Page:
As regular readers of this blog will know (and I know there are more than the 2 “followers” displayed – I can see some statistics!), I have already read and reviewed volume 3 of N.T. (Tom) Wright’s magnum opus, Christian Origins and The Question of God. That was mainly due to my not realising at the time that it was part of a series, something I probably ought to have known, having met Wright a couple of times while he was the Bishop of Durham, though at the time we were discussing So it only seemed right to go back to the beginning and do the whole series. My hope is to be able to go through volume 2 (Jesus and the Victory of God) before he publishes volume 4 (Paul and the Faithfulness of God), currently due out at some unspecified date in 2012.
The book was something of a revelation (if you’ll pardon the pun) as it is the longest introduction I have ever read. Wright spends about the first third of the book (which is 500 pages long – and they ain’t exactly small pages in large print) discussing his methodology and setting out his stall in meticulous detail. I know this may not be of particular interest to readers who want to get the Wright’s summary of Judaic and early Christian history, but it is well worth it, I think, as it demonstrates the level of care needed to approach this topic.
Having set himself up, Wright then proceeds to give a summary history of Judaic thought roughly from the time of Judas Maccabeus through the fall of Jerusalem in A.D. 70. He acknowledges that this is a summary rather than a detailed analysis and does provide plenty of references for the interested reader to follow-up on. At times, it is a bit dry and it took me a while to go through; I would readily admit to not being having taken it all in.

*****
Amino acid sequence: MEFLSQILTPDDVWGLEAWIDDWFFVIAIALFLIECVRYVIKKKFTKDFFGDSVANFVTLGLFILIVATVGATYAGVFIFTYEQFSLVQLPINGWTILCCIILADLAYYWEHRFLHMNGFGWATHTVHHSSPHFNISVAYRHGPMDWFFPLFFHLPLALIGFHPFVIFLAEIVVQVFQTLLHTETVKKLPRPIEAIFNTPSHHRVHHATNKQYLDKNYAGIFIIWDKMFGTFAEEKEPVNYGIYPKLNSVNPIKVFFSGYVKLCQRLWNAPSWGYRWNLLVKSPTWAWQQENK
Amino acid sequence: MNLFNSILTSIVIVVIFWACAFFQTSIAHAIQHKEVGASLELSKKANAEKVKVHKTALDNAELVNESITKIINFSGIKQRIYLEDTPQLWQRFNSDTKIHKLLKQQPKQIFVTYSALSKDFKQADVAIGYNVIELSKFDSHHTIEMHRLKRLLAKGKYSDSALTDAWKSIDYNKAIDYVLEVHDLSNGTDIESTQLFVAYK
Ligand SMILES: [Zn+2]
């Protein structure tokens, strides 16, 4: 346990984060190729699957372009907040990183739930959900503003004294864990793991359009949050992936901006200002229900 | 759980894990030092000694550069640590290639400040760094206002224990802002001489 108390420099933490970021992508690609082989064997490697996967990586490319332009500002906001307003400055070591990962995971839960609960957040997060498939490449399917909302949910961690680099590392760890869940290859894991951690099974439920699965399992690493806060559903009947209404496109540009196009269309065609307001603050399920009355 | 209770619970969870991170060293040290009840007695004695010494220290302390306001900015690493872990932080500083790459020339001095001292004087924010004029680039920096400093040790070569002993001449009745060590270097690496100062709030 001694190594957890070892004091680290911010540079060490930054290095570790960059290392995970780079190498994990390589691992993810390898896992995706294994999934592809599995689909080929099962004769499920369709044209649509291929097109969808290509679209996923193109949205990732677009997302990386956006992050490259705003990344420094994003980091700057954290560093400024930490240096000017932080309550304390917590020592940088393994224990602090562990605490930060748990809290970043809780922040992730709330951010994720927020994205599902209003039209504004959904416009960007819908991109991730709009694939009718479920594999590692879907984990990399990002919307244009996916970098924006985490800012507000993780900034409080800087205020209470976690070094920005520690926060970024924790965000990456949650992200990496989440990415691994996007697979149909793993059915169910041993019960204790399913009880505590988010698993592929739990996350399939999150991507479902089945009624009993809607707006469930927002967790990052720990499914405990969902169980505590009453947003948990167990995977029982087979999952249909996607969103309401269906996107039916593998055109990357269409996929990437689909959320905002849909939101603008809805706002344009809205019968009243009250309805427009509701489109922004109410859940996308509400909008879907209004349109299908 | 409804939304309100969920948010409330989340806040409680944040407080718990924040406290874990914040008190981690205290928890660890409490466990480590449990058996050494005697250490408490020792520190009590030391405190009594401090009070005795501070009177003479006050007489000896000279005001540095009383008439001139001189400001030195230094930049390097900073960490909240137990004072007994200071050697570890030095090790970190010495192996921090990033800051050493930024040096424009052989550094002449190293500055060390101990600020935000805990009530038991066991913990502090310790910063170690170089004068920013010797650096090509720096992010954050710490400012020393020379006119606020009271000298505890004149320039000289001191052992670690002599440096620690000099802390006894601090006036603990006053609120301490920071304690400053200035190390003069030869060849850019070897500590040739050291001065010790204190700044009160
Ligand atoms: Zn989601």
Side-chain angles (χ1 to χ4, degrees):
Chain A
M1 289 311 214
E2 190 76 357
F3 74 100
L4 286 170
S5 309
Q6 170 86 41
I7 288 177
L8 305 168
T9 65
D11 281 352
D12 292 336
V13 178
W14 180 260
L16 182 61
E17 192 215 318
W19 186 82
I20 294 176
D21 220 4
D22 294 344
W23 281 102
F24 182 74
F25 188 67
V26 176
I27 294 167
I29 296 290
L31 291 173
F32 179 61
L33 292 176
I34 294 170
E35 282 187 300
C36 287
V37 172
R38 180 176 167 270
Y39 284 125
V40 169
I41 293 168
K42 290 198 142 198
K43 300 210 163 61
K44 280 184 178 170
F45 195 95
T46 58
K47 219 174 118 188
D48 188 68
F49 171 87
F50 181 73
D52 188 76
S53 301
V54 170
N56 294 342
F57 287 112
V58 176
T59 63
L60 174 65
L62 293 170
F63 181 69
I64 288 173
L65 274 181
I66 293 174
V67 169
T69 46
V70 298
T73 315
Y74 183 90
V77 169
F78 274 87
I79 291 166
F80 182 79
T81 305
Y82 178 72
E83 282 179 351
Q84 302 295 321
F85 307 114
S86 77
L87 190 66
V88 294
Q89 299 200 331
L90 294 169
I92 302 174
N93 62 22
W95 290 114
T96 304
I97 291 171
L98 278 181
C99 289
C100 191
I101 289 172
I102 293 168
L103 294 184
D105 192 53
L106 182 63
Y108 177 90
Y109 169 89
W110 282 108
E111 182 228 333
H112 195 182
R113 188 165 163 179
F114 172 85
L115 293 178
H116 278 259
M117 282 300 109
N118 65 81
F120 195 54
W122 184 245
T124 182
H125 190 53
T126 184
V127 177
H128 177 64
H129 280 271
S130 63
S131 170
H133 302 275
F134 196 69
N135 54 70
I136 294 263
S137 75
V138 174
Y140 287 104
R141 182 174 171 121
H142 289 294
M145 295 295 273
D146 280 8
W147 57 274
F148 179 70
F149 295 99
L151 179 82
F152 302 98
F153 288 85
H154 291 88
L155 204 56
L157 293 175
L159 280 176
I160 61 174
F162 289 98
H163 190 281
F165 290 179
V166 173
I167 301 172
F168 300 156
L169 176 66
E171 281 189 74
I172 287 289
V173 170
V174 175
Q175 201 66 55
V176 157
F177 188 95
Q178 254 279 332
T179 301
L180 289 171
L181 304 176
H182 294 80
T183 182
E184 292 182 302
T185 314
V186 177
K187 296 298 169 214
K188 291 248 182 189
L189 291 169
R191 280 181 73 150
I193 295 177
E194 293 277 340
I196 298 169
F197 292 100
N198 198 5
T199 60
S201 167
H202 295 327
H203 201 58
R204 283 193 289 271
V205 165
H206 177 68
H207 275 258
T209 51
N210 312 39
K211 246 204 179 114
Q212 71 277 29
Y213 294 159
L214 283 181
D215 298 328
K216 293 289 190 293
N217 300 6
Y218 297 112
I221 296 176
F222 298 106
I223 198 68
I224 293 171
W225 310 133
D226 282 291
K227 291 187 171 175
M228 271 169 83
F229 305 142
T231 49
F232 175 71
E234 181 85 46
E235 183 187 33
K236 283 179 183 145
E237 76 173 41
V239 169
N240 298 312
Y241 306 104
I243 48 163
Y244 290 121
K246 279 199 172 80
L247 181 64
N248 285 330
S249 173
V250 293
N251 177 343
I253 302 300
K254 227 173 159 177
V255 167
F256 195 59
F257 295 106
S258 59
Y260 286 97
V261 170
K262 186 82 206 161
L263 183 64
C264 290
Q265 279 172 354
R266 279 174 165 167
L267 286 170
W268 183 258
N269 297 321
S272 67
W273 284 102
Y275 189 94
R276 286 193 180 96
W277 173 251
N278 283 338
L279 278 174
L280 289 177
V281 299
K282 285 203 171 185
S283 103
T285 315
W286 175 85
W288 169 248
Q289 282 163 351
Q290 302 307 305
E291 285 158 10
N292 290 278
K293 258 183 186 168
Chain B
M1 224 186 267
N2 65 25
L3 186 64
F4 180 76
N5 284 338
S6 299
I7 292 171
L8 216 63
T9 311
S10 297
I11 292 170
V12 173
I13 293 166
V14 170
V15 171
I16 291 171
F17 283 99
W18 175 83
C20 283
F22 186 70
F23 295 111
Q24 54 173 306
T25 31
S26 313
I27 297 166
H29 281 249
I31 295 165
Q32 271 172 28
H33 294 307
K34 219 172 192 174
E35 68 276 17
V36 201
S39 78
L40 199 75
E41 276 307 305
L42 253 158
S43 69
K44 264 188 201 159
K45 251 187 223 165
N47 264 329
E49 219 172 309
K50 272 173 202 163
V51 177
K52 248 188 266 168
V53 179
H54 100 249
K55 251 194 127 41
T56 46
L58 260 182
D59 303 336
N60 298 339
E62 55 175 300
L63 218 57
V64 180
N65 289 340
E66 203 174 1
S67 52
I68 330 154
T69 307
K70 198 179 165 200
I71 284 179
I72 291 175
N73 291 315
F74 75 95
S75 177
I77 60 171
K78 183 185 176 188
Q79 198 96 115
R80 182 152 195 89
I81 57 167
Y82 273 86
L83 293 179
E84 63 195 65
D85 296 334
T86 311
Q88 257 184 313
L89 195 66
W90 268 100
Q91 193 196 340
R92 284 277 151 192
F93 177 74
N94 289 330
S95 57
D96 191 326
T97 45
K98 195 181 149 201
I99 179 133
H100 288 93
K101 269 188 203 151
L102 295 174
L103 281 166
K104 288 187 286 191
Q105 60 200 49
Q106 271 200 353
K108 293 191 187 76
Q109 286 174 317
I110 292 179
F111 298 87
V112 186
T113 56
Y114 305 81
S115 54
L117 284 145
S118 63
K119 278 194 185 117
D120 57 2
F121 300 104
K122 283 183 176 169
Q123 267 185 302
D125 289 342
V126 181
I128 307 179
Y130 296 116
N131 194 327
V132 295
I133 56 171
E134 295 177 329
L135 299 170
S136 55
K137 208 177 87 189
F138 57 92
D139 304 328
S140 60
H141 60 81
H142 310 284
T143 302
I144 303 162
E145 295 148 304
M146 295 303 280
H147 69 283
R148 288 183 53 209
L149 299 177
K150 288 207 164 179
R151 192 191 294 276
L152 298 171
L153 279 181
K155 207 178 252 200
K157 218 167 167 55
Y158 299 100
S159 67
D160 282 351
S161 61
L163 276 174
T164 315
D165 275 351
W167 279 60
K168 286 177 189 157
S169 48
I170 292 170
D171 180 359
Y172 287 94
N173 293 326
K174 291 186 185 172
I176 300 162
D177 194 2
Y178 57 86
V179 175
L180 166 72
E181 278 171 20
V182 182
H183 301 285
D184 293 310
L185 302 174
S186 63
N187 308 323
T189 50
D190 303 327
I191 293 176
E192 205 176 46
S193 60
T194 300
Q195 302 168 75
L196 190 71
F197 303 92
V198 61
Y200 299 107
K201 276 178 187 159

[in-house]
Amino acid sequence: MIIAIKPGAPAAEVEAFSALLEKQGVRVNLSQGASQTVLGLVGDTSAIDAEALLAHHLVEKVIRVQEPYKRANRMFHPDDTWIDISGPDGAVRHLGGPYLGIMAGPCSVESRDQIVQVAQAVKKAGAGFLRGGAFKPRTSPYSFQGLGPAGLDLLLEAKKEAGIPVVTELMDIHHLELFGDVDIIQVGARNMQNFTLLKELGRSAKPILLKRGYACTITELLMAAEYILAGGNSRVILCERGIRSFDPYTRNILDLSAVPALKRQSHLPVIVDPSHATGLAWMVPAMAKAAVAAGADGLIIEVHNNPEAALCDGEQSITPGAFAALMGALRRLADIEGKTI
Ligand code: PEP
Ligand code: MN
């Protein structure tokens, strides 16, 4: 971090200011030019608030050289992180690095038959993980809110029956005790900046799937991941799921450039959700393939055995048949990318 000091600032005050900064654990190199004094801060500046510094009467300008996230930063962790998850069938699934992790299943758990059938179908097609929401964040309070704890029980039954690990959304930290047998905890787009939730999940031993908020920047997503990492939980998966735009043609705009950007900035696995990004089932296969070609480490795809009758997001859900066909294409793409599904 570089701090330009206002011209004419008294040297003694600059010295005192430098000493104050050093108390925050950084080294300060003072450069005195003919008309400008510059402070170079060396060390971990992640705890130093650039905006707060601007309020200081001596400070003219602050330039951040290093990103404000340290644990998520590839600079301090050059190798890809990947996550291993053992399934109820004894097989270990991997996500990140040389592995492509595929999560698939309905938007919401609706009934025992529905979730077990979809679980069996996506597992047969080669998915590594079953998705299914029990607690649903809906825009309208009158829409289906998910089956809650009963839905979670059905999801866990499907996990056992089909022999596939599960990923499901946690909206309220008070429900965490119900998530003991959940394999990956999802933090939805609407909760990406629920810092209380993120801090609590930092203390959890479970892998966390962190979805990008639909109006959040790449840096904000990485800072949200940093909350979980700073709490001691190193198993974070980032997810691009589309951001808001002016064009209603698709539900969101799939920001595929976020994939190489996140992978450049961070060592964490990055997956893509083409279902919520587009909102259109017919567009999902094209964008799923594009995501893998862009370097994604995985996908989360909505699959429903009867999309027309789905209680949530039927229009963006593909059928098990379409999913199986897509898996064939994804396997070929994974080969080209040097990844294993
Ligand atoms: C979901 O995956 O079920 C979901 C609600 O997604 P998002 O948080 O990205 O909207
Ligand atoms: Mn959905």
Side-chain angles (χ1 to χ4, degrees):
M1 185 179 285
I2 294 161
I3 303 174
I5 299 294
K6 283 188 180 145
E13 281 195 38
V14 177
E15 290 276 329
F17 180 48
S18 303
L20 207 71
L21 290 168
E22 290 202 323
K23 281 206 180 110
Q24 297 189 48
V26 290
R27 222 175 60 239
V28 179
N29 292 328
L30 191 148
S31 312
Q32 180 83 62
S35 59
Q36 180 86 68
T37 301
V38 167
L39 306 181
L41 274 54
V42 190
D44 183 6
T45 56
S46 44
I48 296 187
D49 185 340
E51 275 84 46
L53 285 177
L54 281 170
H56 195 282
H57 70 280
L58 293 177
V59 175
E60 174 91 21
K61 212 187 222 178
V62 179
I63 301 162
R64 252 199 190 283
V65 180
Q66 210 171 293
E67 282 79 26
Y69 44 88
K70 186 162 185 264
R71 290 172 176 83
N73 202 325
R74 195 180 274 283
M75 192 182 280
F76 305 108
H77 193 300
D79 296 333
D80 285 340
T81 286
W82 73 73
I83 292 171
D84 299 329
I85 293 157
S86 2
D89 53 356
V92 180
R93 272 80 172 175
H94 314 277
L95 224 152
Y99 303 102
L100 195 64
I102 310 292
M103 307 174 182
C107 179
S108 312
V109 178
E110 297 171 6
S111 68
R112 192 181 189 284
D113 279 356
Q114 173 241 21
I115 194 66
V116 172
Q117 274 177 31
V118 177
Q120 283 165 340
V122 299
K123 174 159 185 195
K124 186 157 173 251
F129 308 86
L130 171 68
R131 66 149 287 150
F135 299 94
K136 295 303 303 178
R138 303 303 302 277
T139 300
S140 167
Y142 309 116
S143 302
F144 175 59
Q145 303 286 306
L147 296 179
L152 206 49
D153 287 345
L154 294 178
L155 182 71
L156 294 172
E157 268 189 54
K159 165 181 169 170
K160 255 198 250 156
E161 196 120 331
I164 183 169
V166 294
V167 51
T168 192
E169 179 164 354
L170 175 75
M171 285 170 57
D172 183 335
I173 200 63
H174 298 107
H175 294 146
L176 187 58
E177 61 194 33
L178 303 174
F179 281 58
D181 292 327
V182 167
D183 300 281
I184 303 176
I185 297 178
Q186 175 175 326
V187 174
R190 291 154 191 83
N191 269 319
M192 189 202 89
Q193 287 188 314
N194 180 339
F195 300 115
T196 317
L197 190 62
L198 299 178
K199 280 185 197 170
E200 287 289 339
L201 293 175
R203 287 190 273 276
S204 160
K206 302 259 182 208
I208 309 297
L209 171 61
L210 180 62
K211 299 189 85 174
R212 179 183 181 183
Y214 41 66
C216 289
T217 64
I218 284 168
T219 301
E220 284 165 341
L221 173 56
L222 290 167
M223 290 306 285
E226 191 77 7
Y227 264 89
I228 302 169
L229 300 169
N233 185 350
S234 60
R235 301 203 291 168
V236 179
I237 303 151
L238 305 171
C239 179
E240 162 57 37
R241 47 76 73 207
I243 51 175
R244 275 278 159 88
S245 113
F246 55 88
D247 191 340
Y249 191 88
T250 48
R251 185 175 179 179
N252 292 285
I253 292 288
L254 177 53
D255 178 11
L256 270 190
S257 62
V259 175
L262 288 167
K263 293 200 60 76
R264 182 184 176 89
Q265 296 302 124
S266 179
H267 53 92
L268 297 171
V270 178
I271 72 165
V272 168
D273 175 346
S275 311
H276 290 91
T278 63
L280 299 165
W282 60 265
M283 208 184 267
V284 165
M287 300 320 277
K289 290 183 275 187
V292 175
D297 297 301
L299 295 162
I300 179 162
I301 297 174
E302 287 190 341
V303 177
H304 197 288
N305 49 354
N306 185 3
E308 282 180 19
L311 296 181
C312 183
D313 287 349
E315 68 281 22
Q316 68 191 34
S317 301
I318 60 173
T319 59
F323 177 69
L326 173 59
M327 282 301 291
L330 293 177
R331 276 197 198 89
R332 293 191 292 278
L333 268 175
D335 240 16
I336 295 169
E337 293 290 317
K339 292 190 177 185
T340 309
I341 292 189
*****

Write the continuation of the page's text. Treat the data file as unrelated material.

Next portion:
From here, Wright gives what is, in my opinion, the most fascinating chapter: an overview of Christianity from roughly A.D. 30 to A.D. 125. Wright acknowledges the difficulty in trying to study the history of the church given the scarcity over the contemporary sources, and their reliability (e.g. not trusting what Eusebius had to say without at least a pinch of salt).
In both his sections on Judaism and early Christianity, he looks at what they did (praxis), believed and hoped for. The reader should always be aware that this is an introduction, so Wright brushes on topics he intends to look at in much more detail later on. It serves as a useful appetiser and I can’t wait to get going on Jesus and Victory of God.
There were points in it where I was not convinced by Wright’s arguments, though these tended to be on comparatively minor areas. Overall, it is a work of immense integrity and scholarship. It will of interest to anyone who is interested in how historical and theological research is carried out by the best scholars in their field, to those who want to find out about the history and beliefs of the early Christians and the world in which they lived and will be of immense value to all who read it.